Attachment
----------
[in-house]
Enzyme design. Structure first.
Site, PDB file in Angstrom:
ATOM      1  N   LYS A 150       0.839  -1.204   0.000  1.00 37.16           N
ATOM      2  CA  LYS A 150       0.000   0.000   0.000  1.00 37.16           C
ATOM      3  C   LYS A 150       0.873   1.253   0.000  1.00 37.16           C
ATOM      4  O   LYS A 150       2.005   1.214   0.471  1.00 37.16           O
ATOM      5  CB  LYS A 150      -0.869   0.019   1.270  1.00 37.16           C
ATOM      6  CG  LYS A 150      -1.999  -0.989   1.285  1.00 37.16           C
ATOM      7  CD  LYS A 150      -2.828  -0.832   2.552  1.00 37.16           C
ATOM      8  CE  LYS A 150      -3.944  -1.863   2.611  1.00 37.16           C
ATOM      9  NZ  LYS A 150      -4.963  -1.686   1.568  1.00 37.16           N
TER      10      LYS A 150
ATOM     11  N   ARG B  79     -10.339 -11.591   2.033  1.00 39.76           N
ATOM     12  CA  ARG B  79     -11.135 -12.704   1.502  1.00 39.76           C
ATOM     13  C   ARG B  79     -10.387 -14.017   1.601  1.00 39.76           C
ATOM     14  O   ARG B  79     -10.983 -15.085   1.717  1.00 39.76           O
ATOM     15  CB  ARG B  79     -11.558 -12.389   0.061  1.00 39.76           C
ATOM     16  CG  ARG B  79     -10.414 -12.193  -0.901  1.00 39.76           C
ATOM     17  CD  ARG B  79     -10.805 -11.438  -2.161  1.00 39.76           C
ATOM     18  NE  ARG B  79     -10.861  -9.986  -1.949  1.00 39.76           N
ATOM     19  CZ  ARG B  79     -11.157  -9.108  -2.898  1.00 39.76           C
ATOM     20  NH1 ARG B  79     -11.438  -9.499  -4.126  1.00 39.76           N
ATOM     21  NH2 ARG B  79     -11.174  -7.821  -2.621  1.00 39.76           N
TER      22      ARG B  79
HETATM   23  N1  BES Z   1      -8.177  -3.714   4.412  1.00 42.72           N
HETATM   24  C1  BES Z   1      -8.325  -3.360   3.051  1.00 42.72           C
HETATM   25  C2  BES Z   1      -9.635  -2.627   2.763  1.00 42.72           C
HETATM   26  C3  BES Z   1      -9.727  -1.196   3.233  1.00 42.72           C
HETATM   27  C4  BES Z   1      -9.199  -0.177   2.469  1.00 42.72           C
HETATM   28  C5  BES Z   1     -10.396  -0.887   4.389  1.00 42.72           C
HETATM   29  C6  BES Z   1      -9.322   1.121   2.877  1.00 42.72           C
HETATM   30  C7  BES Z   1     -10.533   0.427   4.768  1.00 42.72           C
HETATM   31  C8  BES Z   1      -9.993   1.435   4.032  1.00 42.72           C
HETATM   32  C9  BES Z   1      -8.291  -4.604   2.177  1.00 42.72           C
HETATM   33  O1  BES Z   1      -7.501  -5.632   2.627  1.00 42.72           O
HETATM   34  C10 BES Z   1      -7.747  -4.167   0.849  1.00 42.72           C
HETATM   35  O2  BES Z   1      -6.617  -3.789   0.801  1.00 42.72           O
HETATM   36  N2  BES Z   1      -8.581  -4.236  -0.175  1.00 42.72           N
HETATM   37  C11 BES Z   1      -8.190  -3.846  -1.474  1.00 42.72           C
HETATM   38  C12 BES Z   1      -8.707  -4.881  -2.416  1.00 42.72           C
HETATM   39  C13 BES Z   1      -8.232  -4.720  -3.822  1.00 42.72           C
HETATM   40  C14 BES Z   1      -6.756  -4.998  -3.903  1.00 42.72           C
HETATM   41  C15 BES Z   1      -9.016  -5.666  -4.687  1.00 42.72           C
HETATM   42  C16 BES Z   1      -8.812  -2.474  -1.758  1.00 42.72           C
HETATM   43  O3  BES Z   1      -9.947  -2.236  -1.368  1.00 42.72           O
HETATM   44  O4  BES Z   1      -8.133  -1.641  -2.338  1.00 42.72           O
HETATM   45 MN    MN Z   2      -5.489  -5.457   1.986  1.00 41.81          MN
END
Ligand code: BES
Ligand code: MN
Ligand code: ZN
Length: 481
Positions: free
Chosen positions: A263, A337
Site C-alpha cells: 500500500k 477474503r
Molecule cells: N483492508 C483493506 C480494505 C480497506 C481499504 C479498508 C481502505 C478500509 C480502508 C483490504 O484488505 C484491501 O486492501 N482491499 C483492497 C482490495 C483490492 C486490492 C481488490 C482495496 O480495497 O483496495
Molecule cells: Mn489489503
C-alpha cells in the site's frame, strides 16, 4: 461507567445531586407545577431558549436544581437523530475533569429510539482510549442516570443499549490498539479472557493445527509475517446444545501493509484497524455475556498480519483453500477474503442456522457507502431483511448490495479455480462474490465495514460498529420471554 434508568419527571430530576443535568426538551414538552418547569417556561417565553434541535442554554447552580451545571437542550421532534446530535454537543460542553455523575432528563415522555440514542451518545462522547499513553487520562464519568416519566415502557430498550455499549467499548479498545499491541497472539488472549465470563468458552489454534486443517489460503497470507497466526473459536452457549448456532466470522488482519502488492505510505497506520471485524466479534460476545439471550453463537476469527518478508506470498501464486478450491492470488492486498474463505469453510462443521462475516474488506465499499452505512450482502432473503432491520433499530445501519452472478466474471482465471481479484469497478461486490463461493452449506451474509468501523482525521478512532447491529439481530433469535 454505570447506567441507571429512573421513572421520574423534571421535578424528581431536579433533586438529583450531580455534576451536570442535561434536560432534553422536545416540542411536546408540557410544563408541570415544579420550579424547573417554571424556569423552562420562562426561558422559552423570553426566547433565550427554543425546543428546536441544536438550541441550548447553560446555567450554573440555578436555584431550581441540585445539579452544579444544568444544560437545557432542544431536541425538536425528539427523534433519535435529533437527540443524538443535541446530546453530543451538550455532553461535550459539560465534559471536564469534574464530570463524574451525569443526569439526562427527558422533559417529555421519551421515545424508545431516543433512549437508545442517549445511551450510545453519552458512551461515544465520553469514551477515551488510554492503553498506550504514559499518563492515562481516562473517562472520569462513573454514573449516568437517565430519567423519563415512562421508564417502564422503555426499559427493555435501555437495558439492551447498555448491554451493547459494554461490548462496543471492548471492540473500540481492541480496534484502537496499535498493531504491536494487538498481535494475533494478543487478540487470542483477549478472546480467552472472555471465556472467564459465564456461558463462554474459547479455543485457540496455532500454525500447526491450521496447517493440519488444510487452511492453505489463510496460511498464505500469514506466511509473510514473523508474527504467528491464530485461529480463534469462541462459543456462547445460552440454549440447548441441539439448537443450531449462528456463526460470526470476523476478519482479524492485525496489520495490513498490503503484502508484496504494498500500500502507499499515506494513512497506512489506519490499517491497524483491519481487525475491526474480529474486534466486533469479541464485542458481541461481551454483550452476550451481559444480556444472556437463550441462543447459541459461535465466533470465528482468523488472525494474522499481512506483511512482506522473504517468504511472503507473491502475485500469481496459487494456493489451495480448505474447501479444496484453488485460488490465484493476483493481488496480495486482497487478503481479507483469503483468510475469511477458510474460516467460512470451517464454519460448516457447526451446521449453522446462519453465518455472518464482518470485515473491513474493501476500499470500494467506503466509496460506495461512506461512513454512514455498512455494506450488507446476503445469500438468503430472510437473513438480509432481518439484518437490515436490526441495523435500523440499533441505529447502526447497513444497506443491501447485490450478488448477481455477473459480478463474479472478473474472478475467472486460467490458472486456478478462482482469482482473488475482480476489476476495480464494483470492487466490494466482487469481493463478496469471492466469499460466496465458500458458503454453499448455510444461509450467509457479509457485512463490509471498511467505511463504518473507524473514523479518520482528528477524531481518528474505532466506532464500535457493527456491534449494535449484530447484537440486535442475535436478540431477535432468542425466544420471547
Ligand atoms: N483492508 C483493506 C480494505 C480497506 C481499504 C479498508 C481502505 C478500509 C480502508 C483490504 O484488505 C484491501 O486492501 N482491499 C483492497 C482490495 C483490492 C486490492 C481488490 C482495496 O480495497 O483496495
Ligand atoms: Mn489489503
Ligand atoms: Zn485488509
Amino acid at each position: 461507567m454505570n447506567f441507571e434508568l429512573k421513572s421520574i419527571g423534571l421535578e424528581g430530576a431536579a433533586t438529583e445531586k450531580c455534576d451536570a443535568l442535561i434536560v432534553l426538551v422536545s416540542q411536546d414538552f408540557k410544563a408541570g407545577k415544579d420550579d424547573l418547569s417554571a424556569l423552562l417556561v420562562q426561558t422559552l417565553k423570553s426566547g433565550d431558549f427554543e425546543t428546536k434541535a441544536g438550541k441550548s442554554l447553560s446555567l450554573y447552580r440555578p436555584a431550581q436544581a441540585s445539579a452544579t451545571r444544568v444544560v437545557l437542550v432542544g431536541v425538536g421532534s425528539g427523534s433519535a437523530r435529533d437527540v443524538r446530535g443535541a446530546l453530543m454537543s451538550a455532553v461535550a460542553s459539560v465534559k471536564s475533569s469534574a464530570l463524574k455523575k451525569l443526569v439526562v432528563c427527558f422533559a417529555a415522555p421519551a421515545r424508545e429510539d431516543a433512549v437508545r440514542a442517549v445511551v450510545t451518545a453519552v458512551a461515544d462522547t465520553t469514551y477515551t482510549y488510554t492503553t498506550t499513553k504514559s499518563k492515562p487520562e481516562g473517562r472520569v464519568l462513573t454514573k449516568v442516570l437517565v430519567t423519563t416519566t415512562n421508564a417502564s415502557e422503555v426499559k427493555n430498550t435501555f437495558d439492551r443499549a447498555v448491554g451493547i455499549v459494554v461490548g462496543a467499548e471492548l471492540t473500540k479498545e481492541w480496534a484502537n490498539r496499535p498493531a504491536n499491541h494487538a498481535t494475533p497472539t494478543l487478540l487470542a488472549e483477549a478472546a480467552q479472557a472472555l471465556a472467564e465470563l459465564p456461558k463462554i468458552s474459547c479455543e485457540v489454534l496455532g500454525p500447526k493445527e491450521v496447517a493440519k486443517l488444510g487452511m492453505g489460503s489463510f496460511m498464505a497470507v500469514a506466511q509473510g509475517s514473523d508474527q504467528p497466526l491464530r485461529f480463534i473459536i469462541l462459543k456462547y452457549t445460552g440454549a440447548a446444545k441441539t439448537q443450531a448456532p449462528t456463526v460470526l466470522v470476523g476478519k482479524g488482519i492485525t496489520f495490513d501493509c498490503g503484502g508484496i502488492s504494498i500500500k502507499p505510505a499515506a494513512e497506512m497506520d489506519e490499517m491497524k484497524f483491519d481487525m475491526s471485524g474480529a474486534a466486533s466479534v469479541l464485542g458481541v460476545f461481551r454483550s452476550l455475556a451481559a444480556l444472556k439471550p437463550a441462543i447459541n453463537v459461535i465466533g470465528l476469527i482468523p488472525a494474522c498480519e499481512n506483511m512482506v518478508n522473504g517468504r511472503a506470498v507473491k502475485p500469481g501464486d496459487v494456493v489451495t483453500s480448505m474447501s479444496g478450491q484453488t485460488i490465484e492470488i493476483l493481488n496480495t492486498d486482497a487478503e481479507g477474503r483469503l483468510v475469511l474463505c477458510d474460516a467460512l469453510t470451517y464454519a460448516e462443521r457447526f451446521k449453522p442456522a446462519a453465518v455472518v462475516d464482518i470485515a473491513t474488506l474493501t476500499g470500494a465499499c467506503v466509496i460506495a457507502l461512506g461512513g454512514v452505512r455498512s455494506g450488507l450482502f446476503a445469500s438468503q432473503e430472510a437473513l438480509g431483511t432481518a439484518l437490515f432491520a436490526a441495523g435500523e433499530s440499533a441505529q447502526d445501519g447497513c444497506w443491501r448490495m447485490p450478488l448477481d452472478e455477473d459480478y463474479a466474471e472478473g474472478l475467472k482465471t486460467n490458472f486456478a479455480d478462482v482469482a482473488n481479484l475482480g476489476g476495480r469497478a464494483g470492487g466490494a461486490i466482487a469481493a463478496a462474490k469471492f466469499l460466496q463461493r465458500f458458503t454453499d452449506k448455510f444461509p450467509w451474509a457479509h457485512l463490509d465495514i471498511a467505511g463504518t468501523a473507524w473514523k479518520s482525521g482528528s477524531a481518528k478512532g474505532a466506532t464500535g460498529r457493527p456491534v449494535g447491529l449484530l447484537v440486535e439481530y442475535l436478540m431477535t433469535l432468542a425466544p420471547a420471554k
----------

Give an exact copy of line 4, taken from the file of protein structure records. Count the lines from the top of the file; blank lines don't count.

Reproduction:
ATOM      1  N   LYS A 150       0.839  -1.204   0.000  1.00 37.16           N